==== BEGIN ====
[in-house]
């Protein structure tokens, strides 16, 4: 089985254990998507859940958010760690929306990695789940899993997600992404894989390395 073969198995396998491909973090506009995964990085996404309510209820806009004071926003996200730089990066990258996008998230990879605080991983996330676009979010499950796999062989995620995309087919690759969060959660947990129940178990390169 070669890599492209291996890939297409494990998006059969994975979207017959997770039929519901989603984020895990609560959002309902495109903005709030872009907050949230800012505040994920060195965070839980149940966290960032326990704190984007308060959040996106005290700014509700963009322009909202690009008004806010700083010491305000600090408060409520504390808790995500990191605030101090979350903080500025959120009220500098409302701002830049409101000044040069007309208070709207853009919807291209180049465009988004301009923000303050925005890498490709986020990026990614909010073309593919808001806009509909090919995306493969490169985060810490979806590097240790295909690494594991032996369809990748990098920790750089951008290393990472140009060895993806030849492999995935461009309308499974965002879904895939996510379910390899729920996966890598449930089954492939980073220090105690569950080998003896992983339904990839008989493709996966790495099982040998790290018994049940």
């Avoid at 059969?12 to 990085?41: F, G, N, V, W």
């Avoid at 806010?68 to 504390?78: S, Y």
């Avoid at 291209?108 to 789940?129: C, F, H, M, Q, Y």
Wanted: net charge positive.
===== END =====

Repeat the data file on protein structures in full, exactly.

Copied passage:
[in-house]
């Protein structure tokens, strides 16, 4: 089985254990998507859940958010760690929306990695789940899993997600992404894989390395 073969198995396998491909973090506009995964990085996404309510209820806009004071926003996200730089990066990258996008998230990879605080991983996330676009979010499950796999062989995620995309087919690759969060959660947990129940178990390169 070669890599492209291996890939297409494990998006059969994975979207017959997770039929519901989603984020895990609560959002309902495109903005709030872009907050949230800012505040994920060195965070839980149940966290960032326990704190984007308060959040996106005290700014509700963009322009909202690009008004806010700083010491305000600090408060409520504390808790995500990191605030101090979350903080500025959120009220500098409302701002830049409101000044040069007309208070709207853009919807291209180049465009988004301009923000303050925005890498490709986020990026990614909010073309593919808001806009509909090919995306493969490169985060810490979806590097240790295909690494594991032996369809990748990098920790750089951008290393990472140009060895993806030849492999995935461009309308499974965002879904895939996510379910390899729920996966890598449930089954492939980073220090105690569950080998003896992983339904990839008989493709996966790495099982040998790290018994049940």
């Avoid at 059969?12 to 990085?41: F, G, N, V, W």
């Avoid at 806010?68 to 504390?78: S, Y």
């Avoid at 291209?108 to 789940?129: C, F, H, M, Q, Y």
Wanted: net charge positive.